We use databases, one for our fundraising supporters, one for our volunteers and one for our suppliers. But I think we could do more in terms of how we utilise technology. As technology improves, it offers the opportunities to access more insights on our supporters and connect the dots of our organisation together. There’s always more than can be done using technology that will allow us to be more proactive and productive, and give our supporters a better experience too. Given the future of automation, we should all be seeing technology as something we can benefit hugely from, rather than something that doesn’t work for us. 


You mentioned automation, what other key trends do you anticipate will disrupt the charity sector in the years to come? 

A key trend will be more strategic relationships with corporate partners. That means charities will need to consider how they fit with corporate social responsibility programmes, and what they can give back to organisations to build strategic and sustainable partnerships. 

Another trend will be the use of advanced tools to help with insights. There’s a lot of useful technology out there that many are missing out on, because they’re afraid of it or they simply don’t have the knowledge or resources to engage with it. There’ll be an increasing focus on the power technology holds to help us develop ourselves as organisations. 

Finally, a trend when it comes to donors is the need to communicate exactly where their money is going. We’re a trusted and transparent organisation because people can clearly see where their money goes when they donate to us. This will be a focus in years to come and is already starting to be seen with social return on investment. 
 

What advice would you give to those entering the UK charity sector?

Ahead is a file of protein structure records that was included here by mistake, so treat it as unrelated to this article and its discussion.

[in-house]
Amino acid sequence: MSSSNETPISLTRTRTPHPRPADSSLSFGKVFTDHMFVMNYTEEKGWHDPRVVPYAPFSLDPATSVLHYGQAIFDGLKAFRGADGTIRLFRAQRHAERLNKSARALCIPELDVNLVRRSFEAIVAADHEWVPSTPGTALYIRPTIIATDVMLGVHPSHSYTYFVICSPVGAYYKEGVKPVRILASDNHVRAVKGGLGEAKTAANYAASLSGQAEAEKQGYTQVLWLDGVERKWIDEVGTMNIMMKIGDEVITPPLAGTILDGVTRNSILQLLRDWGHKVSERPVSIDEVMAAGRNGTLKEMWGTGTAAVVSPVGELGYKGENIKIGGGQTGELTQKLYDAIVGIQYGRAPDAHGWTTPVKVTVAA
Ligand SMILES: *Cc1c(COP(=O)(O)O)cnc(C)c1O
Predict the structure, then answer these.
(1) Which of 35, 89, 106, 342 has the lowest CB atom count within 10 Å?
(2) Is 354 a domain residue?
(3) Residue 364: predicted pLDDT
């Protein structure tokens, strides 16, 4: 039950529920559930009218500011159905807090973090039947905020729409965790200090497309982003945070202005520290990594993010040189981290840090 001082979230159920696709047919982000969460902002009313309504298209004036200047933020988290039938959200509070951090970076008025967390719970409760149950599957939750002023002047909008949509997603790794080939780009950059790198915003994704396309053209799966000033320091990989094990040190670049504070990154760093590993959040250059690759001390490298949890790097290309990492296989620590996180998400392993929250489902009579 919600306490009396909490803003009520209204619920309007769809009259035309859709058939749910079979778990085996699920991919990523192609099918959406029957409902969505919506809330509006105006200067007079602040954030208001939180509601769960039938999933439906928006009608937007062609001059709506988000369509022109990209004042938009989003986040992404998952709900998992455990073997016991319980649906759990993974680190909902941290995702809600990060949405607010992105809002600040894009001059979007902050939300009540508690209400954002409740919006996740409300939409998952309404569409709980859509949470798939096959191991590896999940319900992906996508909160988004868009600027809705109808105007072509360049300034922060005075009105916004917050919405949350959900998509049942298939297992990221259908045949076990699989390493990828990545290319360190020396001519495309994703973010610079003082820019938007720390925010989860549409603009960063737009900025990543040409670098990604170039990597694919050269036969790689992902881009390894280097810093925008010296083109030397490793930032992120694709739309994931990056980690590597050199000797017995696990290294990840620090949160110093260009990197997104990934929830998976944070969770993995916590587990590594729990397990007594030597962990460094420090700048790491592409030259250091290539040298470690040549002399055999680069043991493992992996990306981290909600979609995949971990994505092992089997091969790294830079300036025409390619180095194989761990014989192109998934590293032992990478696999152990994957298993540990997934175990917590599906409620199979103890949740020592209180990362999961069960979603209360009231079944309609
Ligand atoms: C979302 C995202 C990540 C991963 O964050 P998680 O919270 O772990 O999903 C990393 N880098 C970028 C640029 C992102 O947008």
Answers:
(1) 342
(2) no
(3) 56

Be clear about your objectives as an organisation, and stick to those. Make sure they’re reflected in clear messaging. 

When approaching fundraising, have a clear idea about where you want to get to. You’ll need a strategy, whether its a 3-5 year plan or a demonstration to others about your objectives. 

Prioritise! You can’t do everything at once. Most charities work with limited resources, so you’ll need to work out which avenues offer the best ROI for your time, whether that’s recruiting new volunteers or establishing new fundraising streams. 

Have a diverse fundraising strategy. You’ll need to have a number of income streams to ensure you can keep up your service, not just a single fundraising stream which would have a real negative impact if it shuts down or is compromised. 


What are you proud of as an organisation? 

We’re proud to be delivering enough food for 6.5 million meals a year. From when the organisation was founded three years ago, we’ve grown to be able to impact a large number of people’s lives by delivering to 310 schools as well as holiday programmes reaching around 100,000 people weekly. 

We’re also hugely proud of our volunteer base, which is a vital part of The Felix Project. We have 400 active volunteers and 100 corporate volunteers that really drive us forward as an organisation. They’ve helped us to provide healthy meals to those that need it most and help the most vulnerable in our society.
 

To find out how ToucanTech might be able to help your organisation with the challenges facing charities in 2019 and beyond, send us a quick email or fill out our contact form!